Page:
New rule allowing closed-door court appeals attacked
The government has come under fire for allowing closed-door court hearings when appeals are brought by organisations that have been banned under the proposed national security laws.
Prominent lawyers have also challenged provisions that would allow such cases to go ahead in the absence of group leaders and their legal representatives, arguing that this might breach the Basic Law.
During the three-month consultation period on government proposals for the laws, which ended in December, the Security Bureau sought to calm fears by assuring the public there would be an appeal process for groups that are banned.
The blue bill made public on Thursday allows such appeals to be taken to court, rather than the special tribunals that were originally proposed. But it also empowers the chief justice to make rules that provide for some cases to be held behind closed doors, and for those bringing the appeal to be barred from the hearing if necessary.
These rules could also see the legal representatives of the organisations banned from the court. The government's aim is to ensure that any sensitive or secret information that may arise during the course of the appeal is kept out of the public domain.
The court may appoint a different legal practitioner to act in the interests of the banned group if necessary.
Speaking during an RTHK programme, the former chairman of the Bar Association, Alan Leong Kah-kit, said the mechanism was against Article 35 of the Basic Law, which guarantees the right to representation before the courts.
In a separate press conference with the Article 23 Concern Group, which includes prominent lawyers and academics, Mr Leong added: 'One can't even have access to what evidence the prosecution side has given. This is something that Hong Kong has never heard of.'
Ronny Tong Ka-wah, another former Bar Association chief, said the law already had safeguards to prevent sensitive information being divulged.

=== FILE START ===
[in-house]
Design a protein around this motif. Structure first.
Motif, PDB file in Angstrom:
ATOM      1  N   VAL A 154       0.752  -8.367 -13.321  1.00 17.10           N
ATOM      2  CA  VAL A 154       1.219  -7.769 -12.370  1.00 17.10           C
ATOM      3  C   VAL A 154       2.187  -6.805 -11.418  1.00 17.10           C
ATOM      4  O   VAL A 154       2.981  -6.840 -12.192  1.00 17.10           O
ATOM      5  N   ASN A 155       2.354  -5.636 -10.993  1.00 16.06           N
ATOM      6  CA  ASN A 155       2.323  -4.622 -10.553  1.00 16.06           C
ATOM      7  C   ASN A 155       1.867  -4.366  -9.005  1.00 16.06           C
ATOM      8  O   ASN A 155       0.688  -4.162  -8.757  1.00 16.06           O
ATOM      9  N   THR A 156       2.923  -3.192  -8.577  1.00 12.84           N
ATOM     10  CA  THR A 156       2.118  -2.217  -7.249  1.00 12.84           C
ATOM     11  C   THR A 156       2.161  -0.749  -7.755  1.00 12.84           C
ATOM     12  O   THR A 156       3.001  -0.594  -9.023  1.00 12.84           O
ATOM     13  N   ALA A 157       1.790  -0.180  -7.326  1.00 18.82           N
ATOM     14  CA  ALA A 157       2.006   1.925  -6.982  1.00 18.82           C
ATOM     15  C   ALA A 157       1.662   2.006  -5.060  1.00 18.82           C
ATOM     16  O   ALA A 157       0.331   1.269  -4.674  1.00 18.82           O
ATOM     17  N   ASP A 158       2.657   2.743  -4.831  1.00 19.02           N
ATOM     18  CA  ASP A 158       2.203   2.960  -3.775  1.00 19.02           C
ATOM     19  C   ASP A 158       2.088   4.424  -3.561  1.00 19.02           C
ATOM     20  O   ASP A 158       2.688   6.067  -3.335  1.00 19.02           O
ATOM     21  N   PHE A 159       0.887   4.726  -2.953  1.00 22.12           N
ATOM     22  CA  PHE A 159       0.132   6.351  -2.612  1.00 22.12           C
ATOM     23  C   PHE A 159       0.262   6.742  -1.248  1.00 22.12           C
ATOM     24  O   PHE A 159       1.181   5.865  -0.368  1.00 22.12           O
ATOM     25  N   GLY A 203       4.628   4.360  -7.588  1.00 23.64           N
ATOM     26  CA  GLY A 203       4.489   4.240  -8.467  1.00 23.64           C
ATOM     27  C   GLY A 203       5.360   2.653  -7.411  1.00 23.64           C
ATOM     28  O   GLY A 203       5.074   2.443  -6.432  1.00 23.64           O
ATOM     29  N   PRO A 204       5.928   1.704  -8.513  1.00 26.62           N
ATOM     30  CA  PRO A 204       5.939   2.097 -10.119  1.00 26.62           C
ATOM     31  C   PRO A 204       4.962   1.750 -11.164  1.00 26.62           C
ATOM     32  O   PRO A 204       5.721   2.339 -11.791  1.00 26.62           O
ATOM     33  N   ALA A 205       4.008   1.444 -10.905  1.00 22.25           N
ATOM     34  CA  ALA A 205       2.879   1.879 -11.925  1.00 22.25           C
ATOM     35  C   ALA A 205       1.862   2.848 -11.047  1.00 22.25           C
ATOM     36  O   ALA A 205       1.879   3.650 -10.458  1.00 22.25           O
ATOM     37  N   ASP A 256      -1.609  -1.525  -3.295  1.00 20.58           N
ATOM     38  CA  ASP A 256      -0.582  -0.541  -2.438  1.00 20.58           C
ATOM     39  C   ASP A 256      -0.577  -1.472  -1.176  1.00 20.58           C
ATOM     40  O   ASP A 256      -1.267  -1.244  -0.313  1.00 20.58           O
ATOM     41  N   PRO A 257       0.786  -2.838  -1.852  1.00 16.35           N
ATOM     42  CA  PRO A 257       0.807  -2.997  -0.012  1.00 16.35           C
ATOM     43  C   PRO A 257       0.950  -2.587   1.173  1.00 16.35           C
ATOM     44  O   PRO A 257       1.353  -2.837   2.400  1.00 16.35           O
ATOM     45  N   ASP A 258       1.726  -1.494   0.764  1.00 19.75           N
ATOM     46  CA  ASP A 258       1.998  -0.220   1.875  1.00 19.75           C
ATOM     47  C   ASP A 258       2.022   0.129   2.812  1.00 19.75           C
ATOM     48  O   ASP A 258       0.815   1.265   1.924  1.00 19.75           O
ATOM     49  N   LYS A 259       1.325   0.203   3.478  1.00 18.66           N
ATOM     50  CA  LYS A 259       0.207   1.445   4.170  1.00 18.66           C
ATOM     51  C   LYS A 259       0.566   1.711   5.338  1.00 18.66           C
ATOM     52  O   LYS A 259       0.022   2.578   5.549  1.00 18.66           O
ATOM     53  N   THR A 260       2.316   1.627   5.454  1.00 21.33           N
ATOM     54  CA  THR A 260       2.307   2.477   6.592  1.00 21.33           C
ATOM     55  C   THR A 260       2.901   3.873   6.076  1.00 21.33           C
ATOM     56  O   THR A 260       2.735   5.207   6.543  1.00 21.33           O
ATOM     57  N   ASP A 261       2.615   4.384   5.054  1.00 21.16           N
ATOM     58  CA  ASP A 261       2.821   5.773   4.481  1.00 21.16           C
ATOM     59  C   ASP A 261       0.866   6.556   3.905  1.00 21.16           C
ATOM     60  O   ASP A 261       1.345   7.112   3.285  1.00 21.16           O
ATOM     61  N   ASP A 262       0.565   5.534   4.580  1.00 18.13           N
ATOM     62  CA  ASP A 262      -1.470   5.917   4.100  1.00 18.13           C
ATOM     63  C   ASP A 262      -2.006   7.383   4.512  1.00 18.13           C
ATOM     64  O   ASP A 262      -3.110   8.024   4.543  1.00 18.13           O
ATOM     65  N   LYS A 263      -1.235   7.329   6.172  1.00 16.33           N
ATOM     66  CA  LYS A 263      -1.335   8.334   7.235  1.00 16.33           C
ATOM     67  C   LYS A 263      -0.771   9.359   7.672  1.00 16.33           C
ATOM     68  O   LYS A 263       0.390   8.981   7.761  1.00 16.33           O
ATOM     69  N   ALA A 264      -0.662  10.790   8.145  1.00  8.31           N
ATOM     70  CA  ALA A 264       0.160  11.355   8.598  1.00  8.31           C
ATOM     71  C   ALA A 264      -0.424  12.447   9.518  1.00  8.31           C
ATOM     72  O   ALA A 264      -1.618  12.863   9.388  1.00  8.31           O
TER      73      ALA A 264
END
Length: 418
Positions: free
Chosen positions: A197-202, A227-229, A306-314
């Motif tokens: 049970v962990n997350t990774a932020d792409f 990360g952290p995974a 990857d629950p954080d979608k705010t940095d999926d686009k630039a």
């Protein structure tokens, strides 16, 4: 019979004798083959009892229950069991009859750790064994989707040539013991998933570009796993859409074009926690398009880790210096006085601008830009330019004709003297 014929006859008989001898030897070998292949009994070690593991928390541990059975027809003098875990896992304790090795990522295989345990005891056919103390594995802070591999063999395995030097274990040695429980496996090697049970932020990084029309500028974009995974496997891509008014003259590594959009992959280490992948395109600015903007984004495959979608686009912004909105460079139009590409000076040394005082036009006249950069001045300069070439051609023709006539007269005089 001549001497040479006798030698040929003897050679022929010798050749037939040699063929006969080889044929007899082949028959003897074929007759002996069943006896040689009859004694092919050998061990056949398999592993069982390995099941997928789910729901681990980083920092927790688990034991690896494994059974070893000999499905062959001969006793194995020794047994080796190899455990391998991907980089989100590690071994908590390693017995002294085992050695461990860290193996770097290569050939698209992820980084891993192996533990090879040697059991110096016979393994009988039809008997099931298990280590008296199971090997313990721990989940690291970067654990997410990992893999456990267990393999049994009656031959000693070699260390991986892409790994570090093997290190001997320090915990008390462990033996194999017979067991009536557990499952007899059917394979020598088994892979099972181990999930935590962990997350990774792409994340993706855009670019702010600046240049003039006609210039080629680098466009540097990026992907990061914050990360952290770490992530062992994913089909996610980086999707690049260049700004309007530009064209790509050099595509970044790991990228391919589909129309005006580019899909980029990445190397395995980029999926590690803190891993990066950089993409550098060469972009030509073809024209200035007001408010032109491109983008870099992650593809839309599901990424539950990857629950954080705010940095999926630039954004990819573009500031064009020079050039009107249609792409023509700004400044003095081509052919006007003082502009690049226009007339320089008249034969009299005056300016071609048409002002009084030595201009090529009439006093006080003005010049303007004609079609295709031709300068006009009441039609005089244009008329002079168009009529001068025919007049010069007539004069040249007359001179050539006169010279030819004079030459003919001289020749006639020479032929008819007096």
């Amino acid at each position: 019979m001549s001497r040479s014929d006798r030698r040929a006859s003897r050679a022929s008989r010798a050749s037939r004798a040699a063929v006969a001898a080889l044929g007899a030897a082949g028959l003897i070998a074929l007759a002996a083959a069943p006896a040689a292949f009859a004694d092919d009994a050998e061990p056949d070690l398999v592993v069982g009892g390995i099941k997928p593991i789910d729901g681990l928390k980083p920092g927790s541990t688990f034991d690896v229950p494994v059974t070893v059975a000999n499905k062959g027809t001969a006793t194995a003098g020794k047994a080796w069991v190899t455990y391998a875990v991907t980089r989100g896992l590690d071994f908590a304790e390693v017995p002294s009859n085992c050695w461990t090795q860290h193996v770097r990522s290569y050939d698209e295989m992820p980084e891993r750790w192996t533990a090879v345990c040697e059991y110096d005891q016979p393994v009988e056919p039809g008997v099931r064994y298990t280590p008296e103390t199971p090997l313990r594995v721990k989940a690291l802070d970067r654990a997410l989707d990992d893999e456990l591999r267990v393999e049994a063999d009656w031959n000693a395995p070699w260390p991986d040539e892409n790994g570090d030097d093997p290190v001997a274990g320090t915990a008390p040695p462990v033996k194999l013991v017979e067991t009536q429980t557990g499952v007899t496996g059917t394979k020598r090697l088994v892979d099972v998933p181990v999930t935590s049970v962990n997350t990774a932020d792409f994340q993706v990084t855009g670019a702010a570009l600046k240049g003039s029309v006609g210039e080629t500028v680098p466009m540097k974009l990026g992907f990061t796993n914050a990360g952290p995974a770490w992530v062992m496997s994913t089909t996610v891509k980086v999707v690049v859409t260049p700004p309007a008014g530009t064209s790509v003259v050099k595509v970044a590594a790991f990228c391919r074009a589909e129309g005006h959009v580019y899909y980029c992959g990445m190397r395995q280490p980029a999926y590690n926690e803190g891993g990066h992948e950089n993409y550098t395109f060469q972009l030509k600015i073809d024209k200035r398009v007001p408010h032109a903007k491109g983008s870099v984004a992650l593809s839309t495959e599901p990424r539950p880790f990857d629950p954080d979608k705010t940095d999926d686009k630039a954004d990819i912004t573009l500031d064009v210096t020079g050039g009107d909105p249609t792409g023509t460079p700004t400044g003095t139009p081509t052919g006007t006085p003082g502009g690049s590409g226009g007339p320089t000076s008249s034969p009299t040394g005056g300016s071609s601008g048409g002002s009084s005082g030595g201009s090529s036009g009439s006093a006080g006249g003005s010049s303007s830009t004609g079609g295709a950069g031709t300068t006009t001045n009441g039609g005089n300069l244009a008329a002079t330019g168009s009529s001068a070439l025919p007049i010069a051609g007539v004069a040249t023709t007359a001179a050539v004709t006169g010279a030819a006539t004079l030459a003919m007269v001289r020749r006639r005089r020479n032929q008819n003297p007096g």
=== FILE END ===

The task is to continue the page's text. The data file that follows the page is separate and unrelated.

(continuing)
'It's true that [even without the security laws] the court can conduct parts of the proceedings behind closed doors. But both sides in the case have access to the details.'
He said it was also unreasonable for banned groups to have a legal representative imposed on it, with its representatives not allowed to be present.
Referring to the recent conviction of Chinese dissident Wang Bingzhang behind closed doors in Shenzhen, Audrey Eu Yuet-mee - who represents the legal profession in Legco - questioned why the government wanted such a power.
On banning groups subordinate to proscribed mainland organisations, Ms Eu said she was worried that one of the definitions of 'subordinate' was receiving substantial financial sponsorship or support.
'The definition is very loose. Funding of $10,000 might already be substantial to some non-government groups,' she said.
Secretary for Security Regina Ip Lau Suk-yee, defending the arrangements for appeal hearings, pointed out that it would be up to the chief justice to decide on rules of procedure.
'It is entirely up to him to decide whether the rules are needed,' she said on a radio phone-in programme.
She maintained that the court should have the power to protect sensitive intelligence or information affecting national security from being divulged.
She said some newspapers had sensationalised the issue by producing a scenario of secret trials, which may have frightened some people. But she added that such a mechanism had also been adopted by Britain and Canada and had been tested in the European court of human rights.
Executive Councillor Andrew Liao Cheung-sing said he believed the top judge would consider standards of human rights when deciding whether to exercise such power.
He said the appointment of legal representatives for the appellant was an additional safeguard to ensure his or her interests would be taken care of.